Panel A (left) depicts optogenetic induction of seizure activity (blue light from “a”) and optogenetic inhibition (red light from “a” and “b”) of a specific interneuron population (green) ipsilateral or contralateral to the seizure induction site. Bilateral head screws allow for simultaneous EEG recording. Panel A (right) outlines experimental paradigms to establish baseline seizure activity (top), optogenetic inhibition of ipsilateral interneurons (middle), or optogenetic inhibition of contralateral interneurons (bottom) during seizure initiation and maintenance. Panels B and C illustrated increased seizure probability from inactivation of PV+ and SOM+ interneurons, regardless of location, and decreased seizure probability from inactivation of contralateral VIP+ interneurons. Panel D charts the associated shifts in threshold to seizure initiation. Panel E displays a reduction in seizure duration when PV+ and SOM+ interneurons are inhibited, and when contralateral VIP+ interneurons are inhibited.

Transmembrane Electrical Measurements Performed Optically (TEMPO) records voltage activity of distinct cell types in freely moving animals with high sensitivity

Techniques to measure the dynamics of neural activity, including intracellular recordings and genetically-encoded calcium level indicators, have advanced significantly, but researchers struggle to distinguish both spiking and oscillatory contributions of multiple cell types in a given brain region with high temporal sensitivity – particularly in behaving animals. Dr. Mark Schnitzer’s team at Stanford University describe an optical imaging technique, TEMPO, that is 10 times more sensitive than calcium indicators, records voltage signals near the physical sensitivity limits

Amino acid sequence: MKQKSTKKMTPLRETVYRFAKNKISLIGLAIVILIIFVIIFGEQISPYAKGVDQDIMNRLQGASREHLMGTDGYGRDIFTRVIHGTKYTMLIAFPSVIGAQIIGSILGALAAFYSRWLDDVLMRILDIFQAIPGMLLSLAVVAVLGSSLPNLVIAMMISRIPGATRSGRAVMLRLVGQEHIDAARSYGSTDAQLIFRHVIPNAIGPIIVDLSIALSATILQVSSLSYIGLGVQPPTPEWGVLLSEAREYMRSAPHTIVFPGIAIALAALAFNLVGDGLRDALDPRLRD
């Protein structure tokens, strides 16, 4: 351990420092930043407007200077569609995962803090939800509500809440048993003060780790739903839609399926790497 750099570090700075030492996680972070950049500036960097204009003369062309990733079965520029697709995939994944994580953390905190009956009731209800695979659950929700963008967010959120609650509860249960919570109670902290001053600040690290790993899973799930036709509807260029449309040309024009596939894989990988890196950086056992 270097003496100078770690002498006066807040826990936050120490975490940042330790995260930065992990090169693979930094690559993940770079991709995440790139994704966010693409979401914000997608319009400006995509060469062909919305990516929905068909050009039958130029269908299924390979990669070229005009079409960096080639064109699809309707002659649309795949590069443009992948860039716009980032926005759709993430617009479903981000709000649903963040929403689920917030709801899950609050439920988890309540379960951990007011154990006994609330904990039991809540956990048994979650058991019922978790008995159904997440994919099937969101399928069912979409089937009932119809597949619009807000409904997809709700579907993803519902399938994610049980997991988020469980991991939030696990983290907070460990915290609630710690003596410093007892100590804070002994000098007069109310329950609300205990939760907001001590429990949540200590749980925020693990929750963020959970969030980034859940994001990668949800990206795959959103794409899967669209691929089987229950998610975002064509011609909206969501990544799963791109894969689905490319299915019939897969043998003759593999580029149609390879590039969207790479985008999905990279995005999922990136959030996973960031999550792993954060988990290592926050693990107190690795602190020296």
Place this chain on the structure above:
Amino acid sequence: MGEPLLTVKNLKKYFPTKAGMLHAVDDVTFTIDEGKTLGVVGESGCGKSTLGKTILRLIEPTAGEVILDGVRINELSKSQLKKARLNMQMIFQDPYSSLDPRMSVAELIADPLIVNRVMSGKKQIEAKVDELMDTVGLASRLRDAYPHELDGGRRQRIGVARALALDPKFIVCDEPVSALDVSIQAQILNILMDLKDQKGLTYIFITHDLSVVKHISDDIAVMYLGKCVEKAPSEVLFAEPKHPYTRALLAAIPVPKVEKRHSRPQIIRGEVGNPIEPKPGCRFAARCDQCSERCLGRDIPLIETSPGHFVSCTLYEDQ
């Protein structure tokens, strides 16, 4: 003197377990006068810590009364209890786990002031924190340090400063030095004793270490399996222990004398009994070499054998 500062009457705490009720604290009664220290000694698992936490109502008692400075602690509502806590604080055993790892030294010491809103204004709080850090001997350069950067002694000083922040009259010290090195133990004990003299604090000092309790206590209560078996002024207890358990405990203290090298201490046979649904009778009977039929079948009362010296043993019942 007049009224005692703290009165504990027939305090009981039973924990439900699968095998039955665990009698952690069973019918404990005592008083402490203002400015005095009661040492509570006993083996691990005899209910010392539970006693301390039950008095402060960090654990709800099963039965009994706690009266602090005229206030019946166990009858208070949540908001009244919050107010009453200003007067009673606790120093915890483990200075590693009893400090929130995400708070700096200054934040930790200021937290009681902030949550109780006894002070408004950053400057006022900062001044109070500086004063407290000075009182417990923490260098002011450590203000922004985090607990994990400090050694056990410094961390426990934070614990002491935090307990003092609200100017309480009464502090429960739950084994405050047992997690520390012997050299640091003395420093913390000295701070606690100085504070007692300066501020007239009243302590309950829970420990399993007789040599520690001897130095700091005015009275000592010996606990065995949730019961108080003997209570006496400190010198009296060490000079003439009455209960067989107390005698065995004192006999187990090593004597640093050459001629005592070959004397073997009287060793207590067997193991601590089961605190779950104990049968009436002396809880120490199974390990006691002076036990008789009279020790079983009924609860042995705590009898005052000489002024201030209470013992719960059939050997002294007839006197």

Graphical diagram comparing local field potential (LFP) voltage recording technique, which is unable to distinguish between interspersed neuronal subtypes, and TEMPO, which can selectively record transmembrane voltage dynamics from a single cell type (ex. dopamine receptor subtype 2 (D2) expressing medium spiny neurons.

of optical imaging, and can distinguish hyperpolarization states of interspersed cell types with high fidelity. First, Dr. Schnitzer and colleagues validated TEMPO by measuring cortical and hippocampal oscillatory activity in anesthetized and awake, behaving mice, reproducing data well-established in studies using electroencephalogram (EEG) and local field potential (LFP) recordings. Next, the researchers selectively monitored voltage dynamics of two medium spiny neuron subtypes using transgenic animals, revealing two forms of synchronized hyperpolarization they could connect to distinct brain states in freely behaving mice, all previously unresolved by EEG or LFP. Taken together, these data identify TEMPO as a highly sensitive method to record neural voltage dynamics in specific cell types in awake and behaving animals at significantly higher resolution than current recording techniques.

Panels A and B illustrate the targeting of distinct neuronal subtypes (D1 or D2-expressing striatal neurons) with a genetically-encoded green voltage sensor and red reference in transgenic mice. Panel C illustrates two, distinct forms of hyperpolarization (marked with black dots: high-voltage spindles and temporally isolated events) that were measured by TEMPO in D1-expressing neurons while animals were at rest.


Recent meetings of the Multi-Council Working Group (MCWG) for the NIH BRAIN Initiative and the MCWG Neuroethics Division provided updates on BRAIN’s scientific progress, considerations of the neuroethical issues surrounding the science, and discussions on how to continue working toward the goals of the BRAIN 2025 report…